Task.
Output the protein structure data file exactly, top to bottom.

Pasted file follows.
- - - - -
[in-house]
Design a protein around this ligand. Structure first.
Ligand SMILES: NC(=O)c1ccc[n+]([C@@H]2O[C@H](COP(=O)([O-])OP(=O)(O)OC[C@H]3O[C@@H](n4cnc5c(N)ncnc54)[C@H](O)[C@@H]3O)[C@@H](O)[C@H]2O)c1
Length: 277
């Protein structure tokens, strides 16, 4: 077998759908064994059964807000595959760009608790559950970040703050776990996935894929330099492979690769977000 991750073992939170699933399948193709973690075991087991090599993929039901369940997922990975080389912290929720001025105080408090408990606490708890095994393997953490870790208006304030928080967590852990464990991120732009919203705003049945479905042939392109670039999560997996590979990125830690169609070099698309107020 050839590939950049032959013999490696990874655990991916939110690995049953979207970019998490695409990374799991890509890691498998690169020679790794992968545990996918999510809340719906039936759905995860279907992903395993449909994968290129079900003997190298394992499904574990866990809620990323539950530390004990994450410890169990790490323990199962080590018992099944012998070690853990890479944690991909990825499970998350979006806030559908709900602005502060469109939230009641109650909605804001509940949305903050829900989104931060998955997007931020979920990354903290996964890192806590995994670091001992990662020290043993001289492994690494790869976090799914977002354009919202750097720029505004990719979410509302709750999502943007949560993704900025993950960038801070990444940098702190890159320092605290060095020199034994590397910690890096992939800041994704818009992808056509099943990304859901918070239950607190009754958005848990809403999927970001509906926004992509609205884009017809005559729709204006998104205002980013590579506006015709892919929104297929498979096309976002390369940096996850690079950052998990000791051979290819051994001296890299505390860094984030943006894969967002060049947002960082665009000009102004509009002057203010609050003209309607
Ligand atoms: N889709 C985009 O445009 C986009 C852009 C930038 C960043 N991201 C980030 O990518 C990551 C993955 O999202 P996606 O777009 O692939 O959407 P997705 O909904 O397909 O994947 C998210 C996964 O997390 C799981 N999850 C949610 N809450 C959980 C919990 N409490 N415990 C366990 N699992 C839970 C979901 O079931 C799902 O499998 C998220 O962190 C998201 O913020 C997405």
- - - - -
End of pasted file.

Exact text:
[in-house]
Design a protein around this ligand. Structure first.
Ligand SMILES: NC(=O)c1ccc[n+]([C@@H]2O[C@H](COP(=O)([O-])OP(=O)(O)OC[C@H]3O[C@@H](n4cnc5c(N)ncnc54)[C@H](O)[C@@H]3O)[C@@H](O)[C@H]2O)c1
Length: 277
């Protein structure tokens, strides 16, 4: 077998759908064994059964807000595959760009608790559950970040703050776990996935894929330099492979690769977000 991750073992939170699933399948193709973690075991087991090599993929039901369940997922990975080389912290929720001025105080408090408990606490708890095994393997953490870790208006304030928080967590852990464990991120732009919203705003049945479905042939392109670039999560997996590979990125830690169609070099698309107020 050839590939950049032959013999490696990874655990991916939110690995049953979207970019998490695409990374799991890509890691498998690169020679790794992968545990996918999510809340719906039936759905995860279907992903395993449909994968290129079900003997190298394992499904574990866990809620990323539950530390004990994450410890169990790490323990199962080590018992099944012998070690853990890479944690991909990825499970998350979006806030559908709900602005502060469109939230009641109650909605804001509940949305903050829900989104931060998955997007931020979920990354903290996964890192806590995994670091001992990662020290043993001289492994690494790869976090799914977002354009919202750097720029505004990719979410509302709750999502943007949560993704900025993950960038801070990444940098702190890159320092605290060095020199034994590397910690890096992939800041994704818009992808056509099943990304859901918070239950607190009754958005848990809403999927970001509906926004992509609205884009017809005559729709204006998104205002980013590579506006015709892919929104297929498979096309976002390369940096996850690079950052998990000791051979290819051994001296890299505390860094984030943006894969967002060049947002960082665009000009102004509009002057203010609050003209309607
Ligand atoms: N889709 C985009 O445009 C986009 C852009 C930038 C960043 N991201 C980030 O990518 C990551 C993955 O999202 P996606 O777009 O692939 O959407 P997705 O909904 O397909 O994947 C998210 C996964 O997390 C799981 N999850 C949610 N809450 C959980 C919990 N409490 N415990 C366990 N699992 C839970 C979901 O079931 C799902 O499998 C998220 O962190 C998201 O913020 C997405």